Mapping ecosystem structure is important for understanding many elements of the Earth system, including carbon and nutrient cycling, habitat quality and biodiversity, forest health and productivity, hydrologic cycling and effects of natural and human caused disturbances.

GEDI quantifies the amount of carbon stored in Earth’s vegetation and estimates carbon fluxes resulting from land use and climate change. Atmospheric carbon dioxide concentration is the most important driver of climate change. Growing vegetation absorbs carbon dioxide and clearing or disturbing vegetation emits it to the atmosphere. Half of vegetation biomass is comprised of carbon. Quantifying vegetation biomass therefore enables us to quantify the amount of carbon stored by vegetation. We can use this information to calculate the carbon sequestration potential of forests under future climate and land use scenarios.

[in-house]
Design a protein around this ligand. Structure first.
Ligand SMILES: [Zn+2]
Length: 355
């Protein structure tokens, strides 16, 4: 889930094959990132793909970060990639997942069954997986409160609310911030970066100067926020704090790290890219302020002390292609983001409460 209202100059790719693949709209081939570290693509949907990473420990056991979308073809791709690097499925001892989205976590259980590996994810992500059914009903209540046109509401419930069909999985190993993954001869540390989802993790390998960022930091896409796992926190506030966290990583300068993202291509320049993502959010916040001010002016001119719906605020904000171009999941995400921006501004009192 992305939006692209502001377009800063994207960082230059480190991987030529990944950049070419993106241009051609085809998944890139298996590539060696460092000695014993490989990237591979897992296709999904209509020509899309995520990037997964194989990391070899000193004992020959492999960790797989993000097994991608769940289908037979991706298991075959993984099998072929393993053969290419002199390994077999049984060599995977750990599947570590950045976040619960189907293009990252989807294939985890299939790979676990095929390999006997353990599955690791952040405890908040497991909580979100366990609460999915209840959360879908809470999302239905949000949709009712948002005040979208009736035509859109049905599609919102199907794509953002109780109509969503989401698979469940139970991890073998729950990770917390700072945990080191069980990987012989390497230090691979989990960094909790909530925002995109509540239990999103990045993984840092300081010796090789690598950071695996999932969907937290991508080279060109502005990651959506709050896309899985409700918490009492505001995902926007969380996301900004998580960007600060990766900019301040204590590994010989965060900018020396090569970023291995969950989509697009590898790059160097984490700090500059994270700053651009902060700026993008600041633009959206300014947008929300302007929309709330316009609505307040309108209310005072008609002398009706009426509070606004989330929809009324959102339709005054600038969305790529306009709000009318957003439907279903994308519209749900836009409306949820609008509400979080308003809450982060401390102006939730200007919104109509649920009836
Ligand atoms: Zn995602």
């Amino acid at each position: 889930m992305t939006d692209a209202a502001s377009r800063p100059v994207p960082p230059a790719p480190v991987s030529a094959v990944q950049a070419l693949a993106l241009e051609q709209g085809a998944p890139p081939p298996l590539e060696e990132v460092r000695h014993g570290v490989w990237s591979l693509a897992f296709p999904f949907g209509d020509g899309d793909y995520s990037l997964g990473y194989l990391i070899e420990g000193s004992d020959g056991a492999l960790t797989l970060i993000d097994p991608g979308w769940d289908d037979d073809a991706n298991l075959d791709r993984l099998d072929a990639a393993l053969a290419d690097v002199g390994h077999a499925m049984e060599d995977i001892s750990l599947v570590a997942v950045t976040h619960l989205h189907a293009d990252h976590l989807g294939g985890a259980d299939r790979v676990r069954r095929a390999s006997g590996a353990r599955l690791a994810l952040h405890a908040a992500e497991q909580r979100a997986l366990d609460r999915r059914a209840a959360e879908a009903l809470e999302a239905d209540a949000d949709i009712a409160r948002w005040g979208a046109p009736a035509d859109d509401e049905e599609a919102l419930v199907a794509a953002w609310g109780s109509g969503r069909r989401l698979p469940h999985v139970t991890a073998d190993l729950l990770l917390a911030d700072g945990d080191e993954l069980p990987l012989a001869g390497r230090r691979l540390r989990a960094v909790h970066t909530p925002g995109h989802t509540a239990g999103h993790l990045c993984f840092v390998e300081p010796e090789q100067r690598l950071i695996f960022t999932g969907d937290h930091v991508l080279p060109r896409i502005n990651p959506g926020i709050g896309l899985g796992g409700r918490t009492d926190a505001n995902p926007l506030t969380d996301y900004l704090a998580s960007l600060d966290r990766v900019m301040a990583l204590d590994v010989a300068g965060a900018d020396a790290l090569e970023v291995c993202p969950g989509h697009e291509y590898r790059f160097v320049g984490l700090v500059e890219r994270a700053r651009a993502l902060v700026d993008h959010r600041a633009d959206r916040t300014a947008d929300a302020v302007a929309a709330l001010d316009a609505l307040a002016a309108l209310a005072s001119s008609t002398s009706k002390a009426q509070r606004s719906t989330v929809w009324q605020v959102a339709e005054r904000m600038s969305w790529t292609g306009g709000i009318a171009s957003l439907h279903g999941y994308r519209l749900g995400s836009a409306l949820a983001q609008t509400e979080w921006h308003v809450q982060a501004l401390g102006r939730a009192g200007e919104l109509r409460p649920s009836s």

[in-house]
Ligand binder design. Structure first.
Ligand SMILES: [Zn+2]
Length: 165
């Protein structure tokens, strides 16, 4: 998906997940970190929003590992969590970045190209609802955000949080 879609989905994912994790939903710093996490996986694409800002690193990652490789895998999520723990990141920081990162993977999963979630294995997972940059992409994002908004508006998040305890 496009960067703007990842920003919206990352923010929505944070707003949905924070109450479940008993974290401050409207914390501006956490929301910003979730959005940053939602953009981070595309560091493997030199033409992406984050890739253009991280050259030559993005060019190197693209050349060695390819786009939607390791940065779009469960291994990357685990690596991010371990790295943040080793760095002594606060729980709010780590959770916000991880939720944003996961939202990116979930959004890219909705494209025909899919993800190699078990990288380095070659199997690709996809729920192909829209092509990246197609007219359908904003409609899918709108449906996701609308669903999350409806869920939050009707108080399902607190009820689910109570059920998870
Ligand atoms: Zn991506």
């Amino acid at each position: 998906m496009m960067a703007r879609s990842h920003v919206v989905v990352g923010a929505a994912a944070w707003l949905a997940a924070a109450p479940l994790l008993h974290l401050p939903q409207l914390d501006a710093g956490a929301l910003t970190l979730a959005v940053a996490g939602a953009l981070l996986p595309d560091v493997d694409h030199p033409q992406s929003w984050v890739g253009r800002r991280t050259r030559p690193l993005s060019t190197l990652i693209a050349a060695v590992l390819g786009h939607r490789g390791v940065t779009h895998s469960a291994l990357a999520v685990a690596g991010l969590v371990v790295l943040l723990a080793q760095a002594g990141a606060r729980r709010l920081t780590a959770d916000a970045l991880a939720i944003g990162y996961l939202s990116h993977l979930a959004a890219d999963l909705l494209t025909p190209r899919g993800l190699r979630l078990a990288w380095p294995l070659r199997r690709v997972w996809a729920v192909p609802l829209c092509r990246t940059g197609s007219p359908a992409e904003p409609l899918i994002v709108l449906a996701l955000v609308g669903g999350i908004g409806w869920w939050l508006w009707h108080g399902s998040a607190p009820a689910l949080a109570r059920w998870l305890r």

An important objective of the GEDI mission is related to another function of vegetation – providing space for other organisms to live. With the vertical information on vegetation structure that GEDI provides, we can characterize habitat quality for large numbers of organisms. In this way, GEDI not only answers questions about vegetation carbon but contributes to the conservation of biodiversity by improving characterization of habitat quality.


GEDI data can be used to support intergovernmental policy initiatives such as REDD+ and the Convention on Biological Diversity as well as efforts of civil society groups to inform strategies for climate mitigation, sustainable land use, and biodiversity conservation.


Simple Share Buttons